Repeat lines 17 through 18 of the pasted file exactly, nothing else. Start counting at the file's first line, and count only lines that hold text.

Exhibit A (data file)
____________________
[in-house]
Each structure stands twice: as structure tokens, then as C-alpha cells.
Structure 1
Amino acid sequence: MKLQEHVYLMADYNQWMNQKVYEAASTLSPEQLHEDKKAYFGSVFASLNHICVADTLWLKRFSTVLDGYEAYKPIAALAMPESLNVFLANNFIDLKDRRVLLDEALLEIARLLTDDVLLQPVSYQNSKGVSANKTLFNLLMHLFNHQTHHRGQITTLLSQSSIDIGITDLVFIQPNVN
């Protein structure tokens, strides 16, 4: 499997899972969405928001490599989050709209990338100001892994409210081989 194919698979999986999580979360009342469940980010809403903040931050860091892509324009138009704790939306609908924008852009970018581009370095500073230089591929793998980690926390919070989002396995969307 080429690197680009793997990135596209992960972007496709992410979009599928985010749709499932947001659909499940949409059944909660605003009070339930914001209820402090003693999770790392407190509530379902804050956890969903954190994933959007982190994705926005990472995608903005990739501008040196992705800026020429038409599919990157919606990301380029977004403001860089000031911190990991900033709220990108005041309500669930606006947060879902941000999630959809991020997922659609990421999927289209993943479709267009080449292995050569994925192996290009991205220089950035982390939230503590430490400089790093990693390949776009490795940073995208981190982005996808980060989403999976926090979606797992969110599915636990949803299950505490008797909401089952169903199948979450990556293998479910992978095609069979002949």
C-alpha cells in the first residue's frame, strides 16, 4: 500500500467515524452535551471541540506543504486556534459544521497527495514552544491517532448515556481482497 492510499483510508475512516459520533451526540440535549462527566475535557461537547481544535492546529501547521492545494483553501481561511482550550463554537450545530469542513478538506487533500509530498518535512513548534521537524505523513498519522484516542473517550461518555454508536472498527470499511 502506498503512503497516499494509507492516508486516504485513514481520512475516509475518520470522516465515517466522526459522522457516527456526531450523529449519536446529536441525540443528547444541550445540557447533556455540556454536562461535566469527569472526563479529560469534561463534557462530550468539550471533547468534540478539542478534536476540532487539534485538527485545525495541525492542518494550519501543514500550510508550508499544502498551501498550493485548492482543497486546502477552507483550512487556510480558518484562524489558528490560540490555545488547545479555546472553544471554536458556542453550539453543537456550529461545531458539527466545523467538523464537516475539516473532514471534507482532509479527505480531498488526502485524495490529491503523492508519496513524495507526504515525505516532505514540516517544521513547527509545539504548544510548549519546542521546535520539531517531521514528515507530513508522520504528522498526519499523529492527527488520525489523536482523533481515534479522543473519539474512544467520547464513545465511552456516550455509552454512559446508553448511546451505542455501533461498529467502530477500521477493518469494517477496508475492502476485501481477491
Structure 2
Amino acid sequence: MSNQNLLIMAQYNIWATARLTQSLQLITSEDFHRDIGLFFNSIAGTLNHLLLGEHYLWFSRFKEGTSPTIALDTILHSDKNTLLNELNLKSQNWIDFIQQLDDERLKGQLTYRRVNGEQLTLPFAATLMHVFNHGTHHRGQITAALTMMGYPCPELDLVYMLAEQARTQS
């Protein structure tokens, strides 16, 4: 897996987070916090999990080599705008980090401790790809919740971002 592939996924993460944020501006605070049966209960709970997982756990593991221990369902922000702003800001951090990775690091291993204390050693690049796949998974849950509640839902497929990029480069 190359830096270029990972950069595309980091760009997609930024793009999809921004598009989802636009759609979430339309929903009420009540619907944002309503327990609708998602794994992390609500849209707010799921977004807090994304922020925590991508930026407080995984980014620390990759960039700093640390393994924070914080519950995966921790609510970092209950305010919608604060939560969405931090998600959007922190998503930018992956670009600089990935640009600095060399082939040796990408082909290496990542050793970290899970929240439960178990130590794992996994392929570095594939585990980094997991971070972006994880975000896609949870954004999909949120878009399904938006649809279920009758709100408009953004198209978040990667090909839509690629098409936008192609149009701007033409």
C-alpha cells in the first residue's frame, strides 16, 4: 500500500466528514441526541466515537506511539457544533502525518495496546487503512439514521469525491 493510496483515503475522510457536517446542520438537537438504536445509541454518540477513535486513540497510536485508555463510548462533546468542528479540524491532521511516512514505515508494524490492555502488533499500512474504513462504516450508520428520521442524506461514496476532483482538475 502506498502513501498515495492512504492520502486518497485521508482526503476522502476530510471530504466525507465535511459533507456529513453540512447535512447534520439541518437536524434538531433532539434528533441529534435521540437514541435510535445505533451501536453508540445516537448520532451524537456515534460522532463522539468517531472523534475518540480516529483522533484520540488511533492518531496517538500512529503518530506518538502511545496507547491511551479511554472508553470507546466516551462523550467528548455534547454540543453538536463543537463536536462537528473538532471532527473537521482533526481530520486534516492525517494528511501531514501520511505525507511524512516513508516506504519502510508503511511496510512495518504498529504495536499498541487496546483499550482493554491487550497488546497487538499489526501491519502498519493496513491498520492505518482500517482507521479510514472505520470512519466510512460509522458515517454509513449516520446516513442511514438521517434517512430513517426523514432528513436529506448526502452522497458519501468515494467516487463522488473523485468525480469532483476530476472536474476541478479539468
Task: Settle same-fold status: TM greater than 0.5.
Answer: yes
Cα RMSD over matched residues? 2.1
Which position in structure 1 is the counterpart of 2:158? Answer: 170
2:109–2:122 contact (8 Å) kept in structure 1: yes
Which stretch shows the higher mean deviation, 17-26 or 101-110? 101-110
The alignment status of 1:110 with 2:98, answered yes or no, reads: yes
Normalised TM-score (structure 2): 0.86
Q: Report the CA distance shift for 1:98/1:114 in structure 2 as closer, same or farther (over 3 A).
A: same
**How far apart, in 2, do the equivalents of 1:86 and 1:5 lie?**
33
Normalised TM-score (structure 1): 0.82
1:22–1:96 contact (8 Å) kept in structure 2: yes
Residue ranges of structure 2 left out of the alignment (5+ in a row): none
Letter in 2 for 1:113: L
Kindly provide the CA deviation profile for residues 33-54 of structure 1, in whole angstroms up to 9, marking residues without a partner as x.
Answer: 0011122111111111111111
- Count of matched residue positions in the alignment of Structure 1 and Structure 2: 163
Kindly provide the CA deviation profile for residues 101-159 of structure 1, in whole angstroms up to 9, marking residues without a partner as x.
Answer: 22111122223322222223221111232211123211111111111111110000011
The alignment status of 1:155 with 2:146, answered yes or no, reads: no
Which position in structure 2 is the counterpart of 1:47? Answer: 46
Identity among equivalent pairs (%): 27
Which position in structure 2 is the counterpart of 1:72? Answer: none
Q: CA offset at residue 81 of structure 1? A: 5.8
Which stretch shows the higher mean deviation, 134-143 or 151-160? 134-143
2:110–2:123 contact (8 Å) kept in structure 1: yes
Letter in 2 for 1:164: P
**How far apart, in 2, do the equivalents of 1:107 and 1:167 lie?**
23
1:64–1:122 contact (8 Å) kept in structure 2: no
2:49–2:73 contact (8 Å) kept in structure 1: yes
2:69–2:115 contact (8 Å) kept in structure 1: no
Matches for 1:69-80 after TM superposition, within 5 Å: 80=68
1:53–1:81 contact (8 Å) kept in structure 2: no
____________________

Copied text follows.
The alignment status of 1:110 with 2:98, answered yes or no, reads: yes
Normalised TM-score (structure 2): 0.86